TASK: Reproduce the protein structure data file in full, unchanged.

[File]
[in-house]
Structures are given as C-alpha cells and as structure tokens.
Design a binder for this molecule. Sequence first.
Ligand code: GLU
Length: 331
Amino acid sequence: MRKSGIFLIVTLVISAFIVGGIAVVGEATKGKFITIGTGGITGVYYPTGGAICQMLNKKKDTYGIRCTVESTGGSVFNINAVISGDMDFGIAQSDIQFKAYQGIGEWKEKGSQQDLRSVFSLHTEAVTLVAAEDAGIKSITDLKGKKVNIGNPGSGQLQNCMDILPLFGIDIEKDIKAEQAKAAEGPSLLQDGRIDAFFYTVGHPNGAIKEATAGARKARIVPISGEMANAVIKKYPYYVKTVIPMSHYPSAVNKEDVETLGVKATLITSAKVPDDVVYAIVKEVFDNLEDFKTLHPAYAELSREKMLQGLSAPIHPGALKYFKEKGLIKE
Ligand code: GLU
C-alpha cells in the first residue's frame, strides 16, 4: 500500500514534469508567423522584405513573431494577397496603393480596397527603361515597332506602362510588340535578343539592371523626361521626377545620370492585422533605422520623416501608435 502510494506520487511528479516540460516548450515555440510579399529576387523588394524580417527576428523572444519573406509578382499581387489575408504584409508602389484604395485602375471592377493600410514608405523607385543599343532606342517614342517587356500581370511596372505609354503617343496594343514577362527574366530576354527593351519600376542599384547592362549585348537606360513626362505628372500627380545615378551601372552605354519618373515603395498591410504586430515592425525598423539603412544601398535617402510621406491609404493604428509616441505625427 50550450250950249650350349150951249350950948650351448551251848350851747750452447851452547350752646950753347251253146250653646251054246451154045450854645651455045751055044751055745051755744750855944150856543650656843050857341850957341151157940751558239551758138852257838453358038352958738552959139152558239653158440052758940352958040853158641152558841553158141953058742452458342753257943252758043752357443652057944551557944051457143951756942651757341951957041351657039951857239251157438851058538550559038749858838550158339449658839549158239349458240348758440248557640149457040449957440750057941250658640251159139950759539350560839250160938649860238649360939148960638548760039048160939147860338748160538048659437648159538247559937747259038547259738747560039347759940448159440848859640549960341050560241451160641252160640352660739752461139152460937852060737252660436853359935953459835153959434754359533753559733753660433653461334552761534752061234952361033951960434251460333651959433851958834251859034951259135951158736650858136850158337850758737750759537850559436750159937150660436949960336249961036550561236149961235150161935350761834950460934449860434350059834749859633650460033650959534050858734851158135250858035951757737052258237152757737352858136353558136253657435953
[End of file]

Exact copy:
[in-house]
Structures are given as C-alpha cells and as structure tokens.
Design a binder for this molecule. Sequence first.
Ligand code: GLU
Length: 331
Amino acid sequence: MRKSGIFLIVTLVISAFIVGGIAVVGEATKGKFITIGTGGITGVYYPTGGAICQMLNKKKDTYGIRCTVESTGGSVFNINAVISGDMDFGIAQSDIQFKAYQGIGEWKEKGSQQDLRSVFSLHTEAVTLVAAEDAGIKSITDLKGKKVNIGNPGSGQLQNCMDILPLFGIDIEKDIKAEQAKAAEGPSLLQDGRIDAFFYTVGHPNGAIKEATAGARKARIVPISGEMANAVIKKYPYYVKTVIPMSHYPSAVNKEDVETLGVKATLITSAKVPDDVVYAIVKEVFDNLEDFKTLHPAYAELSREKMLQGLSAPIHPGALKYFKEKGLIKE
Ligand code: GLU
C-alpha cells in the first residue's frame, strides 16, 4: 500500500514534469508567423522584405513573431494577397496603393480596397527603361515597332506602362510588340535578343539592371523626361521626377545620370492585422533605422520623416501608435 502510494506520487511528479516540460516548450515555440510579399529576387523588394524580417527576428523572444519573406509578382499581387489575408504584409508602389484604395485602375471592377493600410514608405523607385543599343532606342517614342517587356500581370511596372505609354503617343496594343514577362527574366530576354527593351519600376542599384547592362549585348537606360513626362505628372500627380545615378551601372552605354519618373515603395498591410504586430515592425525598423539603412544601398535617402510621406491609404493604428509616441505625427 50550450250950249650350349150951249350950948650351448551251848350851747750452447851452547350752646950753347251253146250653646251054246451154045450854645651455045751055044751055745051755744750855944150856543650656843050857341850957341151157940751558239551758138852257838453358038352958738552959139152558239653158440052758940352958040853158641152558841553158141953058742452458342753257943252758043752357443652057944551557944051457143951756942651757341951957041351657039951857239251157438851058538550559038749858838550158339449658839549158239349458240348758440248557640149457040449957440750057941250658640251159139950759539350560839250160938649860238649360939148960638548760039048160939147860338748160538048659437648159538247559937747259038547259738747560039347759940448159440848859640549960341050560241451160641252160640352660739752461139152460937852060737252660436853359935953459835153959434754359533753559733753660433653461334552761534752061234952361033951960434251460333651959433851958834251859034951259135951158736650858136850158337850758737750759537850559436750159937150660436949960336249961036550561236149961235150161935350761834950460934449860434350059834749859633650460033650959534050858734851158135250858035951757737052258237152757737352858136353558136253657435953